Eggs: Eggceptionally Tasty and Healthy

Eggs Sunny Side Up Healthy food Artist unknownBy Marina Aagaard, MFE

Eggs are nutritious. Eggs are healthy. Eggs are tasty. Eggs are filling.
Eggs are ‘superversatile’. Eggs are super. Eggs are my kind of food.
Eggs are more than Easter food, eggs are for (almost) everyday and party food.
… but some eggs are healthier and tastier than others …

Organic eggs are healthier and tastier than other eggs, because the diet of the hens is healthier (for them and for you) (however, even organic eggs may contain salmonella).

Eggs from free-range hens has a better nutritional content
Egg testing has demonstrated differences between eggs from free-range pastured hens and commercially raised hens; an inevitable result from the diet of the hen laying the egg.
Compared to official U.S. Department of Agriculture (USDA) nutrient data for commercial eggs, eggs from hens raised on pasture may contain (Dr. Mercola):

  • 1/3 less cholesterol
  • 1/4 less saturated fat
  • 2/3 more vitamin A
  • 3 times more vitamin E
  • 2 times more omega-3 fats
  • 7 times more beta caroten

Egg Nutritional Value (100 g)
650 kJ/155 kcal (medium sized egg 324 kJ/78 kcal):

32 % protein (ca. 12 g protein, primarily in the egg white)
3 % carbohydrate
65 % fat (ca. 11 g fat, only in the egg yolk).

Vitamins of the egg yolk are primarily vitamin A, D, E, and K, and the minerals calcium, phosphorus, iodine and selenium.
The protein of eggs are primarily found in the egg white, which mainly consists of water (approx. 90 %). Vitamins in the egg white are primarily vitamin B2 and folate, and primary minerals are potassium, calcium and iodine (Moeller A., 1996).

Raw eggs may contain salmonella, but the risk is relatively low (in fresh pastured eggs). You may use pasteurized eggs in dishes with no heating, eg. icecream, vanilla cream and certain desserts.
According to Dr. Mercola, nutrition expert, raw eggs are the best choice; they are tastier and healthier than cooked eggs; heating, according to him, may be the reason, that eggs can cause allergies, because the heating proces changes the chemical shape of of the egg proteins.

Cooked eggs: The (small) risk) of salmonella is eliminated, if the egg is cooked/heated. Raw eggs or a dish containing eggs should be heated to min. 167 F / 75 C (as a hard-boiled egg), this kills posible salmonella bacteria and the risk of infection.
According to Dr. Mercola scrambled eggs is one of the worst ways to eat eggs, because it oxidizes the cholesterol in the egg yolk and if you have high cholesterol this may be a problem. A much better choice, after raw eggs, is a soft-boiled egg.

Pasteurized eggs are eggs that are cooked briefly at a high temperature and then cooled. The yolk must reach a temperature of about 138 F.
Pasteurized raw eggs in dishes like ice cream and desserts do not pose a salmonella infection risk.

Fresh eggs
Check if your egg is fresh by cracking it on a flat plate.
A fresh egg: The yolk has a round and compact appearance. The white will be thick and stay close to the yolk.
Fresh and healthy eggs have bright orange yolks.
Fresh egg white has a cloudy colour, because of carbon dioxide, which is present, when the egg is laid. Over time the egg white becomes transparent as the carbon dioxide dissipates.
Check is your egg is fresh without cracking it: Fill a bowl with water and lower the egg carefully into the water:
“A fresh egg will immediately sink to the bottom and lie flat on its side. This is because the air cell within the egg is very small. The egg should also feel quite heavy.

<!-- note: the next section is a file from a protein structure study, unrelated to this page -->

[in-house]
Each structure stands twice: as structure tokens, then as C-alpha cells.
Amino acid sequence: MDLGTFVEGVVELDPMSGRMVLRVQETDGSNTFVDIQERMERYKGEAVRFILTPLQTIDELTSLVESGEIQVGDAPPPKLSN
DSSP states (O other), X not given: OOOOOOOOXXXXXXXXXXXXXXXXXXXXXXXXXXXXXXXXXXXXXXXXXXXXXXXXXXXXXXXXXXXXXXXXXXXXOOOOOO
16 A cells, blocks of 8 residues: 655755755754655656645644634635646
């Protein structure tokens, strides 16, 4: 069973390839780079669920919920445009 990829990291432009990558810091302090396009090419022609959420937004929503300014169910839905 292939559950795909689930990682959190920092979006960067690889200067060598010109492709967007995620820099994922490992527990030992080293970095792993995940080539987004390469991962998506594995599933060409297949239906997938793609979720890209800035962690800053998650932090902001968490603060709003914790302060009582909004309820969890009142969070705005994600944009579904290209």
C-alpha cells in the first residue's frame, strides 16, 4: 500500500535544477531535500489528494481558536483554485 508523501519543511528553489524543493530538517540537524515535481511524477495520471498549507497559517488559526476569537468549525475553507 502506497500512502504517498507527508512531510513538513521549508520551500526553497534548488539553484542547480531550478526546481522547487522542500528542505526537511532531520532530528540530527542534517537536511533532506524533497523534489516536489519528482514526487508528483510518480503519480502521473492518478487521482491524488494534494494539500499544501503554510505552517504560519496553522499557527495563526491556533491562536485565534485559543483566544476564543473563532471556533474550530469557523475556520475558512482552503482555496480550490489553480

As the egg starts to lose its freshness and more air enters the egg, it will begin to float and stand upright. The smaller end will lie on the bottom of the bowl, whilst the broader end will point towards the surface. The egg will still be good enough to consume, however, if the egg fully floats in the water and does not touch the bottom of the bowl at all, it should be discarded, as it will most likely be bad” (
helpwithcooking.com).

Eggs are best, when they are fresh, so always check the date.

Eggs and cholesterol
For many years eggs had a bad name in general, because of the high cholesterol content.
No more: Because every cell of the body need cholesterol and “numerous studies support the conclusion that eggs have virtually nothing to do with raising your cholesterol anyway. For instance, research published in the International Journal of Cardiology showed that, in healthy adults, eating eggs daily did not produce a negative effect on endothelial function, an aggregate measure of cardiac risk, nor an increase in cholesterol level” (Dr. Mercola).

So go ahead: Enjoy your egg; organic egg from free-range pastured hens.
More expensive? It is better, healthier and tastier, to eat less food of a better quality …

Ten tips about eggs (Karolines Koekken)

1. Only buy eggs, which are kept refridgerated
2. Check the date (use only fresh eggs)
3. Wash your hands after touching raw eggs or the shell of raw eggs
4. Keep raw eggs apart from other foods
5. Prepare dishes with eggs as close to serving as possible
6. Put dishes with eggs in fridge immediately after preparing, if not served straight away
7. Crack your eggs on a plate to avoid spreading bacteria
8. Check the egg – the white should be thick and the yolk round and compact
9. Cook or bake dishes with raw eggs with a temperature that exceeds 167 F / 75 C
10. Use pasteurized eggs for cold or lukewarm dishes (temperature below 167 F / 75 C).

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2 Replies to “Eggs: Eggceptionally Tasty and Healthy”

  1. Pretty nice post. I just stumbled upon your blog and wished to say that I have really enjoyed browsing26 your blog posts. In any case I’ll be subscribing to your feed and I hope you write again soon!…

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